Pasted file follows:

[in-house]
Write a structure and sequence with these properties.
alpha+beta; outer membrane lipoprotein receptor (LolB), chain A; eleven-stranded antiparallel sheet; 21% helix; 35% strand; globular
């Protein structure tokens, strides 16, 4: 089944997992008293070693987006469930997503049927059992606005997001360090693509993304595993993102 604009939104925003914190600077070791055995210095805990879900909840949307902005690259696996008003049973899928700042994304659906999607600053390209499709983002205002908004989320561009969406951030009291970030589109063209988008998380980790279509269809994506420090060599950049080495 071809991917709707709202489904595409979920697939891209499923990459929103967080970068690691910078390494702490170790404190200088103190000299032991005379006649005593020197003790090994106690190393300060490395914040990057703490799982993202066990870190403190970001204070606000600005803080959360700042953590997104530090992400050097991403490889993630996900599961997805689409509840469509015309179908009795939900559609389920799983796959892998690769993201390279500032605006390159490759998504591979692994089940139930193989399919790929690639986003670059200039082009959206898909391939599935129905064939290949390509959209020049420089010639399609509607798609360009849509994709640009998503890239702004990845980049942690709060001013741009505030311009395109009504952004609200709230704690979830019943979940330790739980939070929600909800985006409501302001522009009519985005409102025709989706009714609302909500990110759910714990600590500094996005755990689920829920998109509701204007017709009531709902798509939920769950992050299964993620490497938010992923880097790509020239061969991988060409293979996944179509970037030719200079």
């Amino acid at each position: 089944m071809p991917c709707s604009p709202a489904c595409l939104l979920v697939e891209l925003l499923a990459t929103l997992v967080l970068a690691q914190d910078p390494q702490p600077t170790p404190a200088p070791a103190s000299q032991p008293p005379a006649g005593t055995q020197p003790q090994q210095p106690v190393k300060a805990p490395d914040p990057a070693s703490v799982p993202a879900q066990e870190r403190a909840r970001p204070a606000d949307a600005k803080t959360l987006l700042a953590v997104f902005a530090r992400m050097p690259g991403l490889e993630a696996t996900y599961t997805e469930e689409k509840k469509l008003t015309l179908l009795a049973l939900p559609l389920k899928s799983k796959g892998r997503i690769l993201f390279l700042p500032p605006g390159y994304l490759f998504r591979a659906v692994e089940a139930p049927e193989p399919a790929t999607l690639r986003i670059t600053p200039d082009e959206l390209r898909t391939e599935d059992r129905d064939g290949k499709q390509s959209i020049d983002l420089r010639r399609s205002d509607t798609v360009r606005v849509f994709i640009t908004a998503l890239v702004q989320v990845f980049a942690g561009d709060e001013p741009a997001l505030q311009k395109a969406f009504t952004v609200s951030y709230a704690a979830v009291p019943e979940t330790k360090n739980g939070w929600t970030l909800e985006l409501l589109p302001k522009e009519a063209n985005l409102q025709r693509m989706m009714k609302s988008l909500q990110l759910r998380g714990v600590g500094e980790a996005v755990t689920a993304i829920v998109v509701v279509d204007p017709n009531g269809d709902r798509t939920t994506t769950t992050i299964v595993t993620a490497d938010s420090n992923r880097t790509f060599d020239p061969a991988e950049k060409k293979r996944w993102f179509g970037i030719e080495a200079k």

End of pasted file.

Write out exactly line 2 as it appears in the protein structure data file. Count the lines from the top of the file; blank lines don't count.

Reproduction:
Write a structure and sequence with these properties.